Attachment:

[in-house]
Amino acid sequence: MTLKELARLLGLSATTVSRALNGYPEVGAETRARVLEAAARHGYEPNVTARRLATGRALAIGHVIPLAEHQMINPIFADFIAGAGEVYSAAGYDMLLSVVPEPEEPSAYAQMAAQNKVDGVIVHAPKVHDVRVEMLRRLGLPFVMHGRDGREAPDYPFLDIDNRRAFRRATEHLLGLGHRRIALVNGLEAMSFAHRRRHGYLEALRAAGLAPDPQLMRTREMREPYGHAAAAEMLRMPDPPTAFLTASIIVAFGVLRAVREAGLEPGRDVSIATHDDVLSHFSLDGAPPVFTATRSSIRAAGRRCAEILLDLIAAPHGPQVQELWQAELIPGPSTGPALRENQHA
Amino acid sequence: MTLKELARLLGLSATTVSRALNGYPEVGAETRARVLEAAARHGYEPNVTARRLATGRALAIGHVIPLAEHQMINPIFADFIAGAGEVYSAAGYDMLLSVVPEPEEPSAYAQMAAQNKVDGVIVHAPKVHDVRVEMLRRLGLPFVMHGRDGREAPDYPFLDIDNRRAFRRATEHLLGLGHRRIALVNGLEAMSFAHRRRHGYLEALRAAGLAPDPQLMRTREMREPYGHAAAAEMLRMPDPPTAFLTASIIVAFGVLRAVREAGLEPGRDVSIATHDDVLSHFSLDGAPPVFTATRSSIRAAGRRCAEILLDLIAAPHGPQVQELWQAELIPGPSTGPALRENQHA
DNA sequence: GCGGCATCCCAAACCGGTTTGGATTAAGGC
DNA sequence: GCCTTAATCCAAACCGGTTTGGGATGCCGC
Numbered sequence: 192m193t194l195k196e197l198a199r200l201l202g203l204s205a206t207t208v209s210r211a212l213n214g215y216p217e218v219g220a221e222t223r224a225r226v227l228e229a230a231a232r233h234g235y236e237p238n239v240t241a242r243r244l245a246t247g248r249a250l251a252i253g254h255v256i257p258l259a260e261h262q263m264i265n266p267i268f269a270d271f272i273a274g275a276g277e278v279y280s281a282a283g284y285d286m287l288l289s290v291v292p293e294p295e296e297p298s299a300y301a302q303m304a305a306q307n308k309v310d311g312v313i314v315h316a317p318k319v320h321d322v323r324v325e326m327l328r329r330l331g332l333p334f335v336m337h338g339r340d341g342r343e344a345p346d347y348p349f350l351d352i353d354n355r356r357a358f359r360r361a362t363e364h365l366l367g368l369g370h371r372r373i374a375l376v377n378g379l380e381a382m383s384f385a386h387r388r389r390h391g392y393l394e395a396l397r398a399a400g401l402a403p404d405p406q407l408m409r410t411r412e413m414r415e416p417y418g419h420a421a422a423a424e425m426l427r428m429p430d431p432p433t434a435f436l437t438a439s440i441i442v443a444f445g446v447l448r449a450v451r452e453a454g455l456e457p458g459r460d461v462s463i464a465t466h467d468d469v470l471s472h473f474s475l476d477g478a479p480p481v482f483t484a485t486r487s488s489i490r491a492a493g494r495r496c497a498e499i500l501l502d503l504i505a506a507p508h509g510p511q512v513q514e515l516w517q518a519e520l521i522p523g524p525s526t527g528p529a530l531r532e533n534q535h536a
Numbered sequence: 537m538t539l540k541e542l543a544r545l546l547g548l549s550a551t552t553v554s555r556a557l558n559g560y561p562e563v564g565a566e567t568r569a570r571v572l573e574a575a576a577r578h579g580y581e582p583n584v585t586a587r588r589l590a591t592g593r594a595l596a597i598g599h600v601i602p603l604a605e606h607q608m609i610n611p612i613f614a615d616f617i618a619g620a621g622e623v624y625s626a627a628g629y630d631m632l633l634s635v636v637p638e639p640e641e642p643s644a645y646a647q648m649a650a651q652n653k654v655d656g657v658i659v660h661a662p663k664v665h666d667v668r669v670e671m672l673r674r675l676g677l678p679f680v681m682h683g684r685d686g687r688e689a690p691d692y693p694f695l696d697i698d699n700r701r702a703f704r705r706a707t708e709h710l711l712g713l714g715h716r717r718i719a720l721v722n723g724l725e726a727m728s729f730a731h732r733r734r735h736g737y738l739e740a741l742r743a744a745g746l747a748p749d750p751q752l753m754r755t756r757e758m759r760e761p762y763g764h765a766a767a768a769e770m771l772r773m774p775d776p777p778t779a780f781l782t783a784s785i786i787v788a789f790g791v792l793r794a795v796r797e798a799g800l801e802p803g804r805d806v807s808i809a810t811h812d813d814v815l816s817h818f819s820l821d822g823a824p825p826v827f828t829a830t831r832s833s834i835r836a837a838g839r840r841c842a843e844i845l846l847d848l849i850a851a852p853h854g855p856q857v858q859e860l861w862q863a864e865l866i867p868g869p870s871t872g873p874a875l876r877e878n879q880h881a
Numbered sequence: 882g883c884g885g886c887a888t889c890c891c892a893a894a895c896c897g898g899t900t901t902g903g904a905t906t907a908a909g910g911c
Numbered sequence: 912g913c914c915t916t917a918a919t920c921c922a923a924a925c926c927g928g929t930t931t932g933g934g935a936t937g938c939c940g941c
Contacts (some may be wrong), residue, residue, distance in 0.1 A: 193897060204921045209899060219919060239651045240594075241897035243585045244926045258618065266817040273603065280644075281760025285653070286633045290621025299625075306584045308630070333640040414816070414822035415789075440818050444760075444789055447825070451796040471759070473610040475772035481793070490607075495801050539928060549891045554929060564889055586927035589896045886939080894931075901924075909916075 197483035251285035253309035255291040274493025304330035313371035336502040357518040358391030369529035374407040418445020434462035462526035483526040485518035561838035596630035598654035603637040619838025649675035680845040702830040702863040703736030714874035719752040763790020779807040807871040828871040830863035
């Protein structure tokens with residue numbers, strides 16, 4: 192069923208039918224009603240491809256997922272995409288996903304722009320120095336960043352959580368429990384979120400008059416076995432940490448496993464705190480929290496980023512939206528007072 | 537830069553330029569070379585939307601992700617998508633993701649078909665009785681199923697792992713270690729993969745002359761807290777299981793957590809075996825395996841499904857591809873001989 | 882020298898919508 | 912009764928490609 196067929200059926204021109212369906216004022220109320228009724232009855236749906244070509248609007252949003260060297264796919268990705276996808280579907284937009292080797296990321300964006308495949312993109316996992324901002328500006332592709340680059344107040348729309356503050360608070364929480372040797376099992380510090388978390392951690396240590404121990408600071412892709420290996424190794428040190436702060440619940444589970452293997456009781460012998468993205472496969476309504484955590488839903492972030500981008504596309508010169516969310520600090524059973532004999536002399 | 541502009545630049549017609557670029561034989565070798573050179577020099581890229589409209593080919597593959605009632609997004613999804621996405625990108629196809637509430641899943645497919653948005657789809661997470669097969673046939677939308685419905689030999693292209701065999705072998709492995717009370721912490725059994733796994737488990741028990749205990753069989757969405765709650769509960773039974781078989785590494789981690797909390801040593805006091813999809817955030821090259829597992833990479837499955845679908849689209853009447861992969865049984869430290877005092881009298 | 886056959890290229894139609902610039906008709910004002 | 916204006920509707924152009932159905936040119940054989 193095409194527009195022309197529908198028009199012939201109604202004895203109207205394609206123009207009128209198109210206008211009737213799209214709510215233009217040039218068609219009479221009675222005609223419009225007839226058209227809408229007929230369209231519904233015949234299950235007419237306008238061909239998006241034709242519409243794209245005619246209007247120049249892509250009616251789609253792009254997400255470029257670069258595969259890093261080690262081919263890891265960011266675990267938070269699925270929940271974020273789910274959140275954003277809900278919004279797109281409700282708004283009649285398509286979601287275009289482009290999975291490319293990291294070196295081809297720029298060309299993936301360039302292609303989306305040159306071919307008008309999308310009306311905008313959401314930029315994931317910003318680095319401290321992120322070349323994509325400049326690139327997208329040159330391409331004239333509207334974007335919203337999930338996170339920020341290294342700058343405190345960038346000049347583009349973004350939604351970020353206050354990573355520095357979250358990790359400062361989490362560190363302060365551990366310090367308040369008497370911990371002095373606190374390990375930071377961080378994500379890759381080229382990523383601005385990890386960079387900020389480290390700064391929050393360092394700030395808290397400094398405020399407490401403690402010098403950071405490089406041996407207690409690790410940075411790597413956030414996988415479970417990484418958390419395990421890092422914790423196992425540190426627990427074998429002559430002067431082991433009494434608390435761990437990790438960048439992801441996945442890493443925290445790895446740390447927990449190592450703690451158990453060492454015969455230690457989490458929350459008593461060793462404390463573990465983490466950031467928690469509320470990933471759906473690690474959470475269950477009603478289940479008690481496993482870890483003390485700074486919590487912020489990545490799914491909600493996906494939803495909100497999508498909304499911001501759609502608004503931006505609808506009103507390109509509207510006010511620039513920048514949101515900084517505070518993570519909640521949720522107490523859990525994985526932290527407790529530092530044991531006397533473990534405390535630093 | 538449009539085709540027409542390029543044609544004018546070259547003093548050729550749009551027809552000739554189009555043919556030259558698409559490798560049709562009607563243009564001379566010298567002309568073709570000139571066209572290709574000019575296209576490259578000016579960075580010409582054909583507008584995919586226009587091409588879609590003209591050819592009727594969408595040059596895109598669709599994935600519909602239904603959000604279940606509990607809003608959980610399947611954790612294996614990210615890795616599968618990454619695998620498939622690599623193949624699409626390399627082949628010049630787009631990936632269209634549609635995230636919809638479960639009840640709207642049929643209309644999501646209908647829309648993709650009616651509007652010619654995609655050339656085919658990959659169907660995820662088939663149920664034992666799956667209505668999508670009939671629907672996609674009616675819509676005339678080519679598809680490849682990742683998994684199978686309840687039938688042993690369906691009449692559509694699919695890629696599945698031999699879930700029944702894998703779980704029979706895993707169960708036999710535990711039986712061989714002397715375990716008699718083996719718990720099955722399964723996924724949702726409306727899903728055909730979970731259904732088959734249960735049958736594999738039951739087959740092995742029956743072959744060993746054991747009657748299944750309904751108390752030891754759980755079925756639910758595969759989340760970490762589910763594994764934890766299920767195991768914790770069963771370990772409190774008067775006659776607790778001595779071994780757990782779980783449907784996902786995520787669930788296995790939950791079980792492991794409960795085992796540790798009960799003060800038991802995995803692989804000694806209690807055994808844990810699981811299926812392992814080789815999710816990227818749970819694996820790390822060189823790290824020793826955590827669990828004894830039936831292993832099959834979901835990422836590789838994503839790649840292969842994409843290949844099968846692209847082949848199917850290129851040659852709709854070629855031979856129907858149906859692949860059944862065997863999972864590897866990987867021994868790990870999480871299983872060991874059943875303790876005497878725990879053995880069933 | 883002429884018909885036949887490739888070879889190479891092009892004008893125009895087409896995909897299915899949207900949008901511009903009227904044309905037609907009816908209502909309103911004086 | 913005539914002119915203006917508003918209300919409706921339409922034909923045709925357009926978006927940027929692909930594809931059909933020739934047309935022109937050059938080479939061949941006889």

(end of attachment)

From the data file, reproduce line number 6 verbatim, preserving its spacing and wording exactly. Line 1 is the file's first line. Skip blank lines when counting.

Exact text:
Numbered sequence: 192m193t194l195k196e197l198a199r200l201l202g203l204s205a206t207t208v209s210r211a212l213n214g215y216p217e218v219g220a221e222t223r224a225r226v227l228e229a230a231a232r233h234g235y236e237p238n239v240t241a242r243r244l245a246t247g248r249a250l251a252i253g254h255v256i257p258l259a260e261h262q263m264i265n266p267i268f269a270d271f272i273a274g275a276g277e278v279y280s281a282a283g284y285d286m287l288l289s290v291v292p293e294p295e296e297p298s299a300y301a302q303m304a305a306q307n308k309v310d311g312v313i314v315h316a317p318k319v320h321d322v323r324v325e326m327l328r329r330l331g332l333p334f335v336m337h338g339r340d341g342r343e344a345p346d347y348p349f350l351d352i353d354n355r356r357a358f359r360r361a362t363e364h365l366l367g368l369g370h371r372r373i374a375l376v377n378g379l380e381a382m383s384f385a386h387r388r389r390h391g392y393l394e395a396l397r398a399a400g401l402a403p404d405p406q407l408m409r410t411r412e413m414r415e416p417y418g419h420a421a422a423a424e425m426l427r428m429p430d431p432p433t434a435f436l437t438a439s440i441i442v443a444f445g446v447l448r449a450v451r452e453a454g455l456e457p458g459r460d461v462s463i464a465t466h467d468d469v470l471s472h473f474s475l476d477g478a479p480p481v482f483t484a485t486r487s488s489i490r491a492a493g494r495r496c497a498e499i500l501l502d503l504i505a506a507p508h509g510p511q512v513q514e515l516w517q518a519e520l521i522p523g524p525s526t527g528p529a530l531r532e533n534q535h536a